What Are the Rules for DOT Reasonable Suspicion Drug Testing?

What Are the Rules for DOT Reasonable Suspicion Drug Testing?

There are many types of DOT drug tests, and some have more obvious regulations than others. Pre-employment testing happens before starting a new job. Post-accident testing occurs after an accident. But what about reasonable suspicion drug testing? How does the Department of Transportation define “reasonable suspicion,” and when might you be subject to such a drug test? Let’s discuss the DOT’s rules for reasonable suspicion drug tests.

What Is Considered “Reasonable Suspicion”?

Reasonable suspicion drug and alcohol tests may only be administered when a trained supervisor observes specific behaviors or odors that indicate use. A reasonable suspicion test may not be administered if the supervisor hears reports of these behaviors. He or she must witness it directly.

In the case of a reasonable suspicion alcohol test, the Department of Transportation says, “A reasonable suspicion test may only be conducted when a trained supervisor has observed specific, contemporaneous, articulable appearance, speech, body odor, or behavior indicators of alcohol use.”

For reasonable suspicion drug testing, the timeframe for observation is a little wider. Supervisors must look for indicators of current controlled substance use, as well as withdrawal symptoms. “Because controlled substances remain present in the body for a relatively long period, withdrawal effects may indicate that the driver has used drugs in violation of the regulations, and therefore must be given a reasonable suspicion drug test.”

Supervisors are required to keep detailed records of their observations to support their testing decision. This ensures that employees are protected from targeted drug testing practices, as outlined by §382.307.

Is Reasonable Suspicion Drug Testing the Same as Post-Accident Testing?

Post-accident testing is required whether an employee exhibit a symptom or not. There is no “reasonable suspicion” in this case. Following an accident during work hours, an employee must immediately report for drug and alcohol testing.

Is Reasonable Suspicion Testing the Same as Random Drug Testing?

No, reasonable suspicion drug testing is not the same as random testing. The DOT requires random drug tests to truly be random. For many agencies, employees will be put in groups, and a random name will be selected from each group in a specified timeframe. This means you could be subject to a random drug test after a reasonable suspicion drug test, or vice versa.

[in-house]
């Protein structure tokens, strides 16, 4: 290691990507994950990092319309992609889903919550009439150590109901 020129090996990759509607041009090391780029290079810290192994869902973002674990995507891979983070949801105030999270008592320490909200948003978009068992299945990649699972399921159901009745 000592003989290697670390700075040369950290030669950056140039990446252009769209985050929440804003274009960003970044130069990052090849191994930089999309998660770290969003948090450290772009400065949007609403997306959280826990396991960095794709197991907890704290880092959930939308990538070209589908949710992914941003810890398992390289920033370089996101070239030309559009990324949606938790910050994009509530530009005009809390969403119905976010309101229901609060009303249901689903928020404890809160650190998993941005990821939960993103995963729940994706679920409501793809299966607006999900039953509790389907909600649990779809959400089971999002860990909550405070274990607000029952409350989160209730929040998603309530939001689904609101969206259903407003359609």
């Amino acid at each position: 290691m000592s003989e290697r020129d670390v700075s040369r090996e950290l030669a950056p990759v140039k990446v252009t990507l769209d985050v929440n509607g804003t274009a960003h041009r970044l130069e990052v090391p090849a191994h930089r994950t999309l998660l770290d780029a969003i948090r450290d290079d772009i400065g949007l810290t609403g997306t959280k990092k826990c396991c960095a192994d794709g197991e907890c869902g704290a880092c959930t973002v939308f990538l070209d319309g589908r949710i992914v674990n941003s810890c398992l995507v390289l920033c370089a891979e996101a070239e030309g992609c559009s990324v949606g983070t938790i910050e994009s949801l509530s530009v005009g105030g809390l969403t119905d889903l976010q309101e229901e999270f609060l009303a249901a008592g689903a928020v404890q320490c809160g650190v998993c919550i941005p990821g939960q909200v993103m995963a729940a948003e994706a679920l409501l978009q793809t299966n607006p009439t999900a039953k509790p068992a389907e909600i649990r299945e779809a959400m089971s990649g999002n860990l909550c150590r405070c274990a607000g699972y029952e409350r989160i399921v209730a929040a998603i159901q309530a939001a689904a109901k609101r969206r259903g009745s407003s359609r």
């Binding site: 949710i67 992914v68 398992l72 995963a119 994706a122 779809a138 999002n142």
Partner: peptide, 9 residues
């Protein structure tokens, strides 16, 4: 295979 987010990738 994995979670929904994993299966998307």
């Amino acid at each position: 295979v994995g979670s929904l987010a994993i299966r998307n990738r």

What If Someone Tells My Supervisor They Think I’m under the Influence?

If someone alerts your supervisor of suspicious behavior, he or she will have to observe this behavior in person before deciding to administer a reasonable suspicion drug test. The supervisor cannot make this decision based on a third party’s interpretation. Once the supervisor makes that determination, he or she cannot be the person to administer the drug or alcohol test. This step is also designed to prevent employees from being falsely targeted.

Can I Refuse a Reasonable Suspicion Drug Test?

Refusing a DOT drug test is considered a failure, which means you will be pulled from safety-sensitive job duties and could lose your job altogether. You may contest the drug test afterward, but we recommend complying for the initial request. This will save you a great deal of time in the long run.

What Happens If I Fail a Reasonable Suspicion Drug Test?

If you fail a reasonable suspicion drug test or any other DOT drug test, you will have to complete a SAP program to return to work. This is guided by a Substance Abuse Professional (SAP) who will outline the classes, counseling, or treatment you must complete before returning to work. The SAP is a neutral third-party not influenced by bias for the employee or employer. Complete the SAP program, take a Return-to-Duty drug test, and you can be cleared to resume work.

American Substance Abuse Professionals offers case management services and maintains a list of SAPs offering SAP and SAE services in over 5000 locations in all 50 states and Puerto Rico.

Johnny Burrell